Cookies on this website

We use cookies to ensure that we give you the best experience on our website. If you click 'Accept all cookies' we'll assume that you are happy to receive all cookies and you won't see this message again. If you click 'Reject all non-essential cookies' only necessary cookies providing core functionality such as security, network management, and accessibility will be enabled. Click 'Find out more' for information on how to change your cookie settings.

BACKGROUND: Continuous positive airway pressure (CPAP) for symptomatic obstructive sleep apnoea (OSA) improves sleepiness and reduces vascular risk, but such treatment for the more prevalent, minimally symptomatic disease is contentious. METHODS: This multicentre, randomised controlled, parallel, hospital-based trial across the UK and Canada, recruited 391 patients with confirmed OSA (oxygen desaturation index >7.5/h) but insufficient symptoms to warrant CPAP therapy. Patients were randomised to 6 months of auto-adjusting CPAP therapy, or standard care. Coprimary endpoints were change in Epworth Sleepiness Score (ESS) and predicted 5-year mortality using a cardiovascular risk score (components: age, sex, height, systolic blood pressure, smoking, diabetes, cholesterol, creatinine, left ventricular hypertrophy, previous myocardial infarction or stroke). Secondary endpoints included some of the individual components of the vascular risk score, objectively measured sleepiness and self-assessed health status. RESULTS: Of 391 patients randomised, 14 withdrew, 347 attended for their follow-up visit at 6 months within the predefined time window, of which 341 had complete ESS data (baseline mean 8.0, SD 4.3) and 310 had complete risk score data. 22% of patients in the CPAP group reported stopping treatment and overall median CPAP use was 2 : 39 h per night. CPAP significantly improved subjective daytime sleepiness (adjusted treatment effect on ESS -2.0 (95% CI -2.6 to -1.4), p<0.0001), objectively measured sleepiness and self-assessed health status. CPAP did not improve the 5-year calculated vascular risk or any of its components. CONCLUSIONS: In patients with minimally symptomatic OSA, CPAP can reduce subjective and objective daytime sleepiness, and improve self-assessed health status, but does not appear to improve calculated vascular risk.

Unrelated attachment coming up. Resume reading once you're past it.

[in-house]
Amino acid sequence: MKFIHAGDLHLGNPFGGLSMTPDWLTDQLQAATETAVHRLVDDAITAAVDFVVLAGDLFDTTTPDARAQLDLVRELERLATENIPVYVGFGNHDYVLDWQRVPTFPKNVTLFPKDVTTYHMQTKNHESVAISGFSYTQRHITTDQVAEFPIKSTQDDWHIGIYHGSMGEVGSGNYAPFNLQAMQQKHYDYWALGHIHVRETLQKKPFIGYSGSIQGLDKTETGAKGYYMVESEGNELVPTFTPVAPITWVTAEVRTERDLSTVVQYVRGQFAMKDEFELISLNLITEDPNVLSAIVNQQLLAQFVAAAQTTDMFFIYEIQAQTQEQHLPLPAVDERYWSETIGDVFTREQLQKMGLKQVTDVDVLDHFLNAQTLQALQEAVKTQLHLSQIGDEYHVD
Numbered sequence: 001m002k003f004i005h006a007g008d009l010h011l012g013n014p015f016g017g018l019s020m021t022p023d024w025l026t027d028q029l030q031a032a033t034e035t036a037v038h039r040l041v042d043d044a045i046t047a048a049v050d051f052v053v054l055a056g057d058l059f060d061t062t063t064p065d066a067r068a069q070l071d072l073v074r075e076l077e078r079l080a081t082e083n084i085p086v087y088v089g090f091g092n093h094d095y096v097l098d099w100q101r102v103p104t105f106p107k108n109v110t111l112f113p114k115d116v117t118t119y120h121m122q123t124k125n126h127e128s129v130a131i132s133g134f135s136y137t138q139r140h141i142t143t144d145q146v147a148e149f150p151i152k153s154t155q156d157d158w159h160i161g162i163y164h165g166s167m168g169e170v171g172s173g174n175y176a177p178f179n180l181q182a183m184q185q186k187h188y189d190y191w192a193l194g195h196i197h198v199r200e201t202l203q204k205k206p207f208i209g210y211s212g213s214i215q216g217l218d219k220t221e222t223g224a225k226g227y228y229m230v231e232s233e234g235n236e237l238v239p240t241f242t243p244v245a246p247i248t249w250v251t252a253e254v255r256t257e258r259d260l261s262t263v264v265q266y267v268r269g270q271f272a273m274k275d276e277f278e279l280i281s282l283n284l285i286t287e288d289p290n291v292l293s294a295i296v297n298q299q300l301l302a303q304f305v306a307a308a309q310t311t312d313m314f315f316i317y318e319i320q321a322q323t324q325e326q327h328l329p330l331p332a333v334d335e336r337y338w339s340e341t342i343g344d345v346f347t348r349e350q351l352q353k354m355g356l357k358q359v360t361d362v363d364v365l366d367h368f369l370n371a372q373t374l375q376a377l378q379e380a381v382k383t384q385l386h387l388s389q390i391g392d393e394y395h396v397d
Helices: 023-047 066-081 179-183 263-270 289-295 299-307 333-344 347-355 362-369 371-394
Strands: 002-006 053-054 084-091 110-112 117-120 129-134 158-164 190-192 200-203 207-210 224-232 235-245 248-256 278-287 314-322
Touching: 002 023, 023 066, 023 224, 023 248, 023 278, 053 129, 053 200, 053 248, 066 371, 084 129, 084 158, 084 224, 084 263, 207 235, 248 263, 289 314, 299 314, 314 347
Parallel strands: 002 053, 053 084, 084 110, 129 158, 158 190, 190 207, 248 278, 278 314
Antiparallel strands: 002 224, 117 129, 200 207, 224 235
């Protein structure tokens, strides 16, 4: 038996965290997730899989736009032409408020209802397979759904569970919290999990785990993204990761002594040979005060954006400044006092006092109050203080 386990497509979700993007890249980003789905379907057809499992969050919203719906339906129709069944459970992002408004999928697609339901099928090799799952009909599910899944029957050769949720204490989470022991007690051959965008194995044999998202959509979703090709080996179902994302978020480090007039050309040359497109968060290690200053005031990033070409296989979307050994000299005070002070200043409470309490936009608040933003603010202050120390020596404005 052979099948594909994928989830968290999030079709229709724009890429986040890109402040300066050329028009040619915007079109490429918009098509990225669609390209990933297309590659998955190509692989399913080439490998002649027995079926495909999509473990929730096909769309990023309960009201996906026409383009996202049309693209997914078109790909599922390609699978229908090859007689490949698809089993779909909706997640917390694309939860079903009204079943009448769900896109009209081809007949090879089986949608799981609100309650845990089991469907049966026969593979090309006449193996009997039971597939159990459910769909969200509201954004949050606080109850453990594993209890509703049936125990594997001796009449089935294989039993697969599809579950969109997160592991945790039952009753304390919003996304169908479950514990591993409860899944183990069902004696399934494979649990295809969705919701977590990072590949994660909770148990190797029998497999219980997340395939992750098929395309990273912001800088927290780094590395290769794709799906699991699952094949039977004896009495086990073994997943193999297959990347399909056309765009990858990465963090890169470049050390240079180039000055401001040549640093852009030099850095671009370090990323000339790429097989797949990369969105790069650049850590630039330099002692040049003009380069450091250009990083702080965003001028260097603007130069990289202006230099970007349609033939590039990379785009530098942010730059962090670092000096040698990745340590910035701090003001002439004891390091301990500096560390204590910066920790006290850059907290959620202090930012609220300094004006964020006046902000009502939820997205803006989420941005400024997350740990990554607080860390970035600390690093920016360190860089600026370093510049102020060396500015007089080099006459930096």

Original publication




Journal article



Publication Date





1090 - 1096


Canada, Cardiovascular Diseases, Continuous Positive Airway Pressure, Female, Health Status Indicators, Humans, Male, Middle Aged, Risk Assessment, Risk Factors, Sleep Apnea, Obstructive, Surveys and Questionnaires, Treatment Outcome, United Kingdom